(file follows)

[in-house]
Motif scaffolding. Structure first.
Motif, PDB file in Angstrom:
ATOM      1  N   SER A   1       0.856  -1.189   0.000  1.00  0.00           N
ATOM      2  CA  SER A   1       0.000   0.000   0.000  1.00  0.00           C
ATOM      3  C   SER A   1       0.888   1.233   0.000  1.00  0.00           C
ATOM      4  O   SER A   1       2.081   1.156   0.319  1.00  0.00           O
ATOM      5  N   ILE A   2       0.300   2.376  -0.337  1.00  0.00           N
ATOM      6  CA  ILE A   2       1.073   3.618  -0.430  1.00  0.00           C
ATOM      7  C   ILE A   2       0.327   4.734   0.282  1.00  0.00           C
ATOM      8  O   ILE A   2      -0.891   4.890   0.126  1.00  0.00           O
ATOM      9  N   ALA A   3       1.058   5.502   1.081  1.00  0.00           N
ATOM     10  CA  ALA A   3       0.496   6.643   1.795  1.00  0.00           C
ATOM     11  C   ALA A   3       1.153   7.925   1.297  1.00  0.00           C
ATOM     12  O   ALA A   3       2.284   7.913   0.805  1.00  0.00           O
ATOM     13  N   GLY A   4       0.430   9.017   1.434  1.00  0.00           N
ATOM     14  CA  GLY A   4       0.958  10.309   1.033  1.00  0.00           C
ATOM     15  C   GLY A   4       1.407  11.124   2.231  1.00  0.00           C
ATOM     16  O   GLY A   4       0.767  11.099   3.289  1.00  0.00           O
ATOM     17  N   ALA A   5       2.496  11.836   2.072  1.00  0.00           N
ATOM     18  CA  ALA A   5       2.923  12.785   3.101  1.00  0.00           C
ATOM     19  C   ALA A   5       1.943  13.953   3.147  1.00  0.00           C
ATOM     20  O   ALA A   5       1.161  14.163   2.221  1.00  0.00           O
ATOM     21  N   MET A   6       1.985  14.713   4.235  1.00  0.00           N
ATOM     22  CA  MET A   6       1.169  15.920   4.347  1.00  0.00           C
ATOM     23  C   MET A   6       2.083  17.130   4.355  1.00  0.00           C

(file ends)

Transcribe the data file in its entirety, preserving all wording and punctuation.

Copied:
[in-house]
Motif scaffolding. Structure first.
Motif, PDB file in Angstrom:
ATOM      1  N   SER A   1       0.856  -1.189   0.000  1.00  0.00           N
ATOM      2  CA  SER A   1       0.000   0.000   0.000  1.00  0.00           C
ATOM      3  C   SER A   1       0.888   1.233   0.000  1.00  0.00           C
ATOM      4  O   SER A   1       2.081   1.156   0.319  1.00  0.00           O
ATOM      5  N   ILE A   2       0.300   2.376  -0.337  1.00  0.00           N
ATOM      6  CA  ILE A   2       1.073   3.618  -0.430  1.00  0.00           C
ATOM      7  C   ILE A   2       0.327   4.734   0.282  1.00  0.00           C
ATOM      8  O   ILE A   2      -0.891   4.890   0.126  1.00  0.00           O
ATOM      9  N   ALA A   3       1.058   5.502   1.081  1.00  0.00           N
ATOM     10  CA  ALA A   3       0.496   6.643   1.795  1.00  0.00           C
ATOM     11  C   ALA A   3       1.153   7.925   1.297  1.00  0.00           C
ATOM     12  O   ALA A   3       2.284   7.913   0.805  1.00  0.00           O
ATOM     13  N   GLY A   4       0.430   9.017   1.434  1.00  0.00           N
ATOM     14  CA  GLY A   4       0.958  10.309   1.033  1.00  0.00           C
ATOM     15  C   GLY A   4       1.407  11.124   2.231  1.00  0.00           C
ATOM     16  O   GLY A   4       0.767  11.099   3.289  1.00  0.00           O
ATOM     17  N   ALA A   5       2.496  11.836   2.072  1.00  0.00           N
ATOM     18  CA  ALA A   5       2.923  12.785   3.101  1.00  0.00           C
ATOM     19  C   ALA A   5       1.943  13.953   3.147  1.00  0.00           C
ATOM     20  O   ALA A   5       1.161  14.163   2.221  1.00  0.00           O
ATOM     21  N   MET A   6       1.985  14.713   4.235  1.00  0.00           N
ATOM     22  CA  MET A   6       1.169  15.920   4.347  1.00  0.00           C
ATOM     23  C   MET A   6       2.083  17.130   4.355  1.00  0.00           C